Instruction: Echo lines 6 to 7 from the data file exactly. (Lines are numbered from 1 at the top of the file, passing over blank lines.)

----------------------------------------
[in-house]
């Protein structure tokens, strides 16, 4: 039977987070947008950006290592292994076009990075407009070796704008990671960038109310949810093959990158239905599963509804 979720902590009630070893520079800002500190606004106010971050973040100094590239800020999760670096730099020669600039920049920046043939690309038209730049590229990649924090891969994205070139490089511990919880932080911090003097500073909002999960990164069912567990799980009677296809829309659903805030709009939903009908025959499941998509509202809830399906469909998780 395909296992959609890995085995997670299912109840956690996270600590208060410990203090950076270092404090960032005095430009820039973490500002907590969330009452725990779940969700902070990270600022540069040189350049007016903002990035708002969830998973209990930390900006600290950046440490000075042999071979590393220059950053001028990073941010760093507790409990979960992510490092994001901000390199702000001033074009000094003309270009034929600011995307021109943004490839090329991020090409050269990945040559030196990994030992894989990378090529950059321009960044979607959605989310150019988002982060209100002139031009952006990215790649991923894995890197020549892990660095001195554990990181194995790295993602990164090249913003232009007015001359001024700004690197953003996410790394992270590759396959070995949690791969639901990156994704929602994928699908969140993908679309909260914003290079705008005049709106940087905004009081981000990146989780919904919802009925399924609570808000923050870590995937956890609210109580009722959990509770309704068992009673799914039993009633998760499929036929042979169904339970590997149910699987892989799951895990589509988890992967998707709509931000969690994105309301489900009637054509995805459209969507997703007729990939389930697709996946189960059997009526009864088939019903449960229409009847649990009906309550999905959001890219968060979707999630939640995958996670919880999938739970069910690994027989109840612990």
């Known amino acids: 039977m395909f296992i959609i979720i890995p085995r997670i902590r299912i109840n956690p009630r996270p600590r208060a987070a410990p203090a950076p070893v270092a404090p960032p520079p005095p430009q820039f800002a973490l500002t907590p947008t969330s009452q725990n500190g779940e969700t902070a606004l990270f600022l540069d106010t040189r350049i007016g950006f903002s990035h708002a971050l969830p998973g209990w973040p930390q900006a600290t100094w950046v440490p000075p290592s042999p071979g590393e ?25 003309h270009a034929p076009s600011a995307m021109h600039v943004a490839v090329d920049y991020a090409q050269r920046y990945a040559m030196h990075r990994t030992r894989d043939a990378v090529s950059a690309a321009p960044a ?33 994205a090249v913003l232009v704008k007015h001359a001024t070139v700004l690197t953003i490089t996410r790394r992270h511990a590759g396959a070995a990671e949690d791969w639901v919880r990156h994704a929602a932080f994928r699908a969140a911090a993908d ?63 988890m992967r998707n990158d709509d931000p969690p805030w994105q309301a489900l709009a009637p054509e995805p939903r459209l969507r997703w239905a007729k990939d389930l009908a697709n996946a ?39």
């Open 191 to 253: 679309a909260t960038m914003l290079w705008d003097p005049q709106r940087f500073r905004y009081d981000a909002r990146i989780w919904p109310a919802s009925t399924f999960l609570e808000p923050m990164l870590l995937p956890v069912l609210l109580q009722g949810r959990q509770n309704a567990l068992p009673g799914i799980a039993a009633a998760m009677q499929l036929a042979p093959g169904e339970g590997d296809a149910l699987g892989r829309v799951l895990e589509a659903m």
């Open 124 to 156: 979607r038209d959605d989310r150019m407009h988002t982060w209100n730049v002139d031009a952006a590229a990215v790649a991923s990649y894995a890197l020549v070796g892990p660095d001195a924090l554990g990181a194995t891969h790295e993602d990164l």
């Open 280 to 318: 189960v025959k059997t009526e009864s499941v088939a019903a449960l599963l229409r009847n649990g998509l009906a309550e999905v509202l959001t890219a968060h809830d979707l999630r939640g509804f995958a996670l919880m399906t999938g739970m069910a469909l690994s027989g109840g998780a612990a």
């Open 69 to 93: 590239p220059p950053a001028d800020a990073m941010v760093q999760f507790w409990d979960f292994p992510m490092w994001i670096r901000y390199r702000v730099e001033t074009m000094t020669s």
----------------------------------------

């Open 280 to 318: 189960v025959k059997t009526e009864s499941v088939a019903a449960l599963l229409r009847n649990g998509l009906a309550e999905v509202l959001t890219a968060h809830d979707l999630r939640g509804f995958a996670l919880m399906t999938g739970m069910a469909l690994s027989g109840g998780a612990a």
């Open 69 to 93: 590239p220059p950053a001028d800020a990073m941010v760093q999760f507790w409990d979960f292994p992510m490092w994001i670096r901000y390199r702000v730099e001033t074009m000094t020669s």